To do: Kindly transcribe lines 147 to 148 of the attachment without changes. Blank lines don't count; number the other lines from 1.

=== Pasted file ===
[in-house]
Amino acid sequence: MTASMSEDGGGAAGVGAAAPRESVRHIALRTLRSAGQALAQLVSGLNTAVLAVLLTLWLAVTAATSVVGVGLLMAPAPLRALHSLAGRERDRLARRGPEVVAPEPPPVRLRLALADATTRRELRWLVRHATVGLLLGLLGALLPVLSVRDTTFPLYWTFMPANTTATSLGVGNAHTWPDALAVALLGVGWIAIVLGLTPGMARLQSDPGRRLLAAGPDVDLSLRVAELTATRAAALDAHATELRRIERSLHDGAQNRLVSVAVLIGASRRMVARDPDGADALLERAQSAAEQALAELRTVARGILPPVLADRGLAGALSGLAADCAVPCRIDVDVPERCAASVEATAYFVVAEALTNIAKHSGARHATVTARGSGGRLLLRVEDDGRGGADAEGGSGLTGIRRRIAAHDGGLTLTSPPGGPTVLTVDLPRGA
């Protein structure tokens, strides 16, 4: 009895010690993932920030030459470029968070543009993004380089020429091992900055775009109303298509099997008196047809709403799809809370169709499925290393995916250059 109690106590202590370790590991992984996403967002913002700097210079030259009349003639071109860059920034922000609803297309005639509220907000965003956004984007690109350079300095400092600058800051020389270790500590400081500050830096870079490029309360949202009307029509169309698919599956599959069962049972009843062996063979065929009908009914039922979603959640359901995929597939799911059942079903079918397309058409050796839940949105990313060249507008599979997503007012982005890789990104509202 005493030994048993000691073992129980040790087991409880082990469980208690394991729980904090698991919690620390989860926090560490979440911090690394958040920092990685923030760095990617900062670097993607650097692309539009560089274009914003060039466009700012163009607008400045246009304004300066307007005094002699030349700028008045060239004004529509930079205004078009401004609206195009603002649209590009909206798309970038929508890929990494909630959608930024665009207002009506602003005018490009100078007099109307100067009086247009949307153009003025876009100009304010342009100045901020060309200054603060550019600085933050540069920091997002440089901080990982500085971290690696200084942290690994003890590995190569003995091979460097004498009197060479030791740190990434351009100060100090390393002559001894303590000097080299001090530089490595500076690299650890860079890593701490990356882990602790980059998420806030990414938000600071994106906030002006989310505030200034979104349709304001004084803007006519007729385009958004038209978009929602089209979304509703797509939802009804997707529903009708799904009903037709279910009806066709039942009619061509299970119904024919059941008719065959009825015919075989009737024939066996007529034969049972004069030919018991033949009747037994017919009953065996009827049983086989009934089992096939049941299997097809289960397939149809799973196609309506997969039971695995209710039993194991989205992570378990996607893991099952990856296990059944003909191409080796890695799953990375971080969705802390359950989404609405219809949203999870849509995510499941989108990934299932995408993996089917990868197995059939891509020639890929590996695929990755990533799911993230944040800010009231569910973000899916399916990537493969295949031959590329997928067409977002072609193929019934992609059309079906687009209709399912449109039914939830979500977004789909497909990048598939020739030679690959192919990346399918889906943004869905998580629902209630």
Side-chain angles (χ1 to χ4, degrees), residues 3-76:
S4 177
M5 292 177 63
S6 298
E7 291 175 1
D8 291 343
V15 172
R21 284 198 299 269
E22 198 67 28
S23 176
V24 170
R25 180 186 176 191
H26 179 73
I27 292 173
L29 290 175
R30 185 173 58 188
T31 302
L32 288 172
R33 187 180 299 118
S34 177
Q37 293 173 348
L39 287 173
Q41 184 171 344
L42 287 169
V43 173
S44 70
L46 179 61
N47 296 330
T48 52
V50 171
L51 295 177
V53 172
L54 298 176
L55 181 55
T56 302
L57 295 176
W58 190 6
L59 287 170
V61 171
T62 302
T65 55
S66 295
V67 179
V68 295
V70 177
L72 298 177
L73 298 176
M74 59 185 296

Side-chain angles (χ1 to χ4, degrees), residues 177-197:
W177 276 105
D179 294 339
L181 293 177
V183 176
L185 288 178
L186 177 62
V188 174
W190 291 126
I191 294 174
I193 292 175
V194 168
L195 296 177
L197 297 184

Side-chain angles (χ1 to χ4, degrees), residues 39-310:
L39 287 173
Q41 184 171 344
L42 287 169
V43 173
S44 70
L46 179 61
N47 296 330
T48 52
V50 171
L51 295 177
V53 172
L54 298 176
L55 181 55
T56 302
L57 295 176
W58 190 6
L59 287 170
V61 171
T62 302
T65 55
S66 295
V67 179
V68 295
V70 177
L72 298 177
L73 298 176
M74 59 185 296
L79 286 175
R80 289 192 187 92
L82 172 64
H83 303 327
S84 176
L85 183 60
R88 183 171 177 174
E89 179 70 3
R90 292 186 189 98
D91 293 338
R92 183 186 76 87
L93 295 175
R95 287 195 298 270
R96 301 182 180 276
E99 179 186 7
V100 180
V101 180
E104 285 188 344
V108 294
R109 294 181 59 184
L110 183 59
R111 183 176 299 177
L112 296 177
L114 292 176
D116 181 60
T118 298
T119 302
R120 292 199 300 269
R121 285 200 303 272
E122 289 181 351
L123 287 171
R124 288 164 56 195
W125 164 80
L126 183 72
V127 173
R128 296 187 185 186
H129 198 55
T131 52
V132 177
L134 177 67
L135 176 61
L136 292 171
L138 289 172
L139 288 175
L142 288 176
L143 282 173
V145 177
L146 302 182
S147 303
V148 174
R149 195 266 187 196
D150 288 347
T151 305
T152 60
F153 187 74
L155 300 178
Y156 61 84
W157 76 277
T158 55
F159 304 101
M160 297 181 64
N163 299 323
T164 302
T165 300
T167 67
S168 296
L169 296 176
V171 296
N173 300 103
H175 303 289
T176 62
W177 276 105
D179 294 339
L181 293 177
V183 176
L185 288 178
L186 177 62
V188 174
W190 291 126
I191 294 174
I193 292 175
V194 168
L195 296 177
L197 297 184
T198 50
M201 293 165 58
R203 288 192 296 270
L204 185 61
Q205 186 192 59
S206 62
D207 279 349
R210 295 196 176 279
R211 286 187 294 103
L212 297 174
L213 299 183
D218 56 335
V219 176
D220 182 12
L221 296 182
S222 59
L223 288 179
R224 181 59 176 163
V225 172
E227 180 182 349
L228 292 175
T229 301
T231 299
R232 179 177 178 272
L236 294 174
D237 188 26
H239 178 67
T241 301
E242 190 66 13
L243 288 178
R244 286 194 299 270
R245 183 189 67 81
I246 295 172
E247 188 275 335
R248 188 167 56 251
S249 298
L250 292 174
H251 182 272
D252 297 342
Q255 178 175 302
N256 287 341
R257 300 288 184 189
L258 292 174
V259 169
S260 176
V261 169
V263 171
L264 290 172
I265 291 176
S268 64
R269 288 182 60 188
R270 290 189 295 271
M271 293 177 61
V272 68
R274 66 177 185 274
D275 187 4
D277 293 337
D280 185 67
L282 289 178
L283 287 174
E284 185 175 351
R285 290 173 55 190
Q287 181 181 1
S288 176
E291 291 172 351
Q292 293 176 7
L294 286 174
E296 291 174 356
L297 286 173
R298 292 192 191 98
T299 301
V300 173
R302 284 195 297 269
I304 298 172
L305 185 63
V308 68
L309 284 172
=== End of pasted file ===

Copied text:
T152 60
F153 187 74